July–September Book Haul


New books equal new adventures. During the past summer I read a lot of books (30 to be precise) and, consequently, also acquired a ton of new books. A total of nineteen books is definitely more than I had planned for, but as fellow bloggers and avid readers, you probably recognise the telling signs of a book junkie. Nevertheless, it’s hard to feel truly guilty about the new and exciting stories that now habit my shelves. Here are the new tenants of my bookshelves, moved in between June and September.

IMG_7778Firstly, I’m extremely happy to finally possess a copy of perhaps my favourite book, Animal Farm by George Orwell. The lovely kainzow from Eye of Lynx was so kind to gift me this stunning Folio Society edition. I’ve only seen pictures of these editions and they all look wonderful, but now that I also have the chance to hold one in my hands, I can vouch that they are truly crafted with love. All of the Folio Society editions are illustrated by a different artist, and what better combination that George Orwell and Quentin Blake! This, ladies and gentlemen, is true love.

Aside from writing Animal Farm, George Orwell was also a brilliant essayist, and one of his most known essays is Politics and the English Language. Having read that last year, I was left with a longing to explore more of his essays. Hence when I saw this handy Penguin edition of George Orwell’s Essays in Shakespeare & Sons in Berlin, I knew it would be coming home with me. During my four day trip to Berlin, I did actually visit Shakespeare & Sons twice, because from the moment I stepped into the shop, it became one of my favourite bookshops. I could easily spend hours upon hours just browsing through their collection, then order coffee and lose myself in my choice of a book. And each visit to the shop naturally had to be christened with a new purchase; the second time around I brought home a copy of The Road by Cormac McCarthy. I’ve heard great things about The Road and my boyfriend remembered that the film adaptation was very good, so I’m curious to see the secrets that this book holds.


Contrary to my two book purchases in Berlin, the third book I bought during that trip was in German. I’ve been meaning to read more Kafka and thus when presented a chance, I decided to challenge myself to read Kafka’s The Trial in German. My German friends told me they had to study the novel in school from these school print editions, so I naturally went and bought one in the same edition. I’ve only read Metamorphosis by Franz Kafka, but I’ve heard some rumours about The Trial and its absurdity. I will report back on how my language skills faired with this one.

The next three books I purchased all within one day. Firstly, there was a big bookshop sale that had a lot of interesting titles sold for the price of a big cup of coffee. I picked up two books from that sale: Down the Rabbit Hole by Juan Pablo Villalobos and A Constellation of Vital Phenomena by Anthony Marra. Down the Rabbit Hole is translated from Spanish and it follows the Mexican drug cartel through the eyes of a small boy. Jean from Jean BookishThoughts recommended this a long time ago, and because I can’t remember when was the last time I read some Spanish literature, I decided to give this a go. The other title, A Constellation of Vital Phenomena, is a big blogger favourite and I’ve seen this book receive lots of love from some of the bloggers I follow. Anthony Marra’s newest novel is coming out in October (I believe), so I’m really looking forward to discovering Marra’s writing style.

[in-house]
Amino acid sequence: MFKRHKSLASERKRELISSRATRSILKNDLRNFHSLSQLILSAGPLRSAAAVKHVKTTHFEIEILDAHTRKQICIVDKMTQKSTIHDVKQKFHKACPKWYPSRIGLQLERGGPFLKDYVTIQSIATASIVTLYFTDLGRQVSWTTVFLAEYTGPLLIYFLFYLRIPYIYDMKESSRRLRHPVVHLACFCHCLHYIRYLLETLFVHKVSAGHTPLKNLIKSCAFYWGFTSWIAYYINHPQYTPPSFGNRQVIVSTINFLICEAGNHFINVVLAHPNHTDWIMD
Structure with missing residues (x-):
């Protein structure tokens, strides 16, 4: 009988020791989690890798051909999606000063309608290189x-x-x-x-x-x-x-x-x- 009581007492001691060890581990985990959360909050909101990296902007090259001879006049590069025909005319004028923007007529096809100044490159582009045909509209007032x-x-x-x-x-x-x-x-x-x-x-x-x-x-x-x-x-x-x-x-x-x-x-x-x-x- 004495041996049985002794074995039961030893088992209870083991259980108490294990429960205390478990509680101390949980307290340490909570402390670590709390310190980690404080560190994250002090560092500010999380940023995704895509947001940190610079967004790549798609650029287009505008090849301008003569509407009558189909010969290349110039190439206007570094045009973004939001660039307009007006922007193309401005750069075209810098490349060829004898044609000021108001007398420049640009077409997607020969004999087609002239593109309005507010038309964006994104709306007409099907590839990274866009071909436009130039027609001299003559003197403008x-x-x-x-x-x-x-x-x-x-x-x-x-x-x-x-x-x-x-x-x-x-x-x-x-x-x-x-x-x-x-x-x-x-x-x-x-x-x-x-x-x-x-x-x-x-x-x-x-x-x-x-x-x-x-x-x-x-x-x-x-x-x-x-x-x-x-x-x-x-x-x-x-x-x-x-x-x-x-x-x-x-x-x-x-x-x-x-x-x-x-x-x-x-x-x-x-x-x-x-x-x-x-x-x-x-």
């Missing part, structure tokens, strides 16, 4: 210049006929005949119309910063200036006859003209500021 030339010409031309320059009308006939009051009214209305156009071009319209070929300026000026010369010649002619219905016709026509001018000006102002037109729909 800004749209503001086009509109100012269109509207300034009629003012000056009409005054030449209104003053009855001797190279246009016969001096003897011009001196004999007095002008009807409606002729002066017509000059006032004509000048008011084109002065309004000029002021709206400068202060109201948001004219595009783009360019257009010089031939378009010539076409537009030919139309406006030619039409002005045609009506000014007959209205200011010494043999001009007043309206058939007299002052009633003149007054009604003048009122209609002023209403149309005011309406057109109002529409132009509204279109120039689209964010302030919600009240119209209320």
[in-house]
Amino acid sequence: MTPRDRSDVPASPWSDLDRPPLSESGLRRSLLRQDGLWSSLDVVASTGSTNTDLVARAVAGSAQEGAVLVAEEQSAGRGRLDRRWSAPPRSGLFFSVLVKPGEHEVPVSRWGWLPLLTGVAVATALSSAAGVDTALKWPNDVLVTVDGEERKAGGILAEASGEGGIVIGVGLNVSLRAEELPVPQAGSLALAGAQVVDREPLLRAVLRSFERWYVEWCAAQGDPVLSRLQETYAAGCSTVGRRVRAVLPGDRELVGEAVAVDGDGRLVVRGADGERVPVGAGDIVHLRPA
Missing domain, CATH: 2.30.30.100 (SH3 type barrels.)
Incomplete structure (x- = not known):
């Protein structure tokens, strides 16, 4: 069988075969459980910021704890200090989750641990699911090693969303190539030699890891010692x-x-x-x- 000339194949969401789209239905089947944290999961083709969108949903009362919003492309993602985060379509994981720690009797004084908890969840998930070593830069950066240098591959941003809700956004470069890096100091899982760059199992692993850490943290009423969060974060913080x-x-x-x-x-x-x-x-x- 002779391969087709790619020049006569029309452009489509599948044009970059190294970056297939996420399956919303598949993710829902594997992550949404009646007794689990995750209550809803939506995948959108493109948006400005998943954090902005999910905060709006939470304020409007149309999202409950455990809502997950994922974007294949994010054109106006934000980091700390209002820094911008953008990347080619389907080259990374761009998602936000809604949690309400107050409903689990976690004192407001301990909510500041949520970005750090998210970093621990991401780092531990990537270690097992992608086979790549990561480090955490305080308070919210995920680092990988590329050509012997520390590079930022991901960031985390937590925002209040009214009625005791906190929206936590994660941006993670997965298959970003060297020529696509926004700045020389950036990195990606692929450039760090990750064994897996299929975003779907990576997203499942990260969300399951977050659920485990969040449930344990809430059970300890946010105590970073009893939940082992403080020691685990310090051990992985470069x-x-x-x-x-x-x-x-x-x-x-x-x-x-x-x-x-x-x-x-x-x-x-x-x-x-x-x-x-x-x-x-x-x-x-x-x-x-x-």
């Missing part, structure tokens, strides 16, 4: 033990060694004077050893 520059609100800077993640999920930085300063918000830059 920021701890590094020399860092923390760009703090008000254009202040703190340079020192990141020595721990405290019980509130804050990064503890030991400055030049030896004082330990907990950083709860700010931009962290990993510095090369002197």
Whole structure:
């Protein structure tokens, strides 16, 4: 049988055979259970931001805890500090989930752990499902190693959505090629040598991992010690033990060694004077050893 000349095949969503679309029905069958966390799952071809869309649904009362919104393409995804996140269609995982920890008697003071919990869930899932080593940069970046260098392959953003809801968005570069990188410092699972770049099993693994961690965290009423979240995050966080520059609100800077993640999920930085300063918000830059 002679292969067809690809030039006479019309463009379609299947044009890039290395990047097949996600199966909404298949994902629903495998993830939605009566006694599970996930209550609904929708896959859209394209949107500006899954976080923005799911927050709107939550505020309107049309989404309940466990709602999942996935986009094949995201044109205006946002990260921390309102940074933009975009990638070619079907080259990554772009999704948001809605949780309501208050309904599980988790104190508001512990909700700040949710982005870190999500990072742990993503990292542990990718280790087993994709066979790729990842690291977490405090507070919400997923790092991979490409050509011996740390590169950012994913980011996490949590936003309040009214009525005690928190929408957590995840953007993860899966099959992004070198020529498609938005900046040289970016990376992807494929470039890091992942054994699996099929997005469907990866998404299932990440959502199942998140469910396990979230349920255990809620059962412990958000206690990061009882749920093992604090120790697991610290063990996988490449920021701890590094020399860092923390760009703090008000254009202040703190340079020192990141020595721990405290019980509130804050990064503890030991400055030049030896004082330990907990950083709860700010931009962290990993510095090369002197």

After the book shop sale, I went to visit my favourite second hand bookshop, Arkadia International Bookshop, where I came across Simon Rich’s Ant Farm and Other Desperate Situations. Simon Rich is an American humorist who launched to fame with this particular collection when he was still an undergraduate. Rich is to date the youngest person to have been hired by Saturday Night Live and has also worked for Pixar. I heard about Rich through Veronica from Ron Lit and having later read a couple of short stories and columns written by him, I was excited to find his debut collection at the shop.

At the end of August, I realised that I had gone from reading four Tove Jansson novels and a biography in one year (aka. my Tove100 project) to reading none – and that was depressing. Perhaps it was the slow onset of autumn, but I began to desperately crave for Jansson’s writing. So I did what I usually do and picked up a library copy of The Winter Book. However, about three days later I was visiting my local bookshop and they were selling a boxset of four Tove Jansson novels for five euros – an offer which I most definitely could not pass. The boxset includes Sculptor’s Daughter and The Summer Book (both of which I read last year) but also two new-to-me novels: The True Deceiver and The Winter Book. It should come as no surprise that I returned the book to the library in record time. Moreover, I adore these colourful cover illustrations!IMG_7780

IMG_7800The Winter Book was not, however, the only acquisition somehow foreseen by a library haul. I picked up a copy of The Scarlet Letter by Nathaniel Hawthorne during my latest library haul thinking that I should probably try to read this classic during the autumn time. Then the next day I came across a wild copy of the same book when I was running past the Free Little Library shelf at my university campus. I was in a bit of a hurry, so I picked it up out of curiosity, and only remembered later that I already had a library copy at home. My book collection is slowly reaching the point in which I soon begin to buy second copies of books because I forget that I already own one. Help!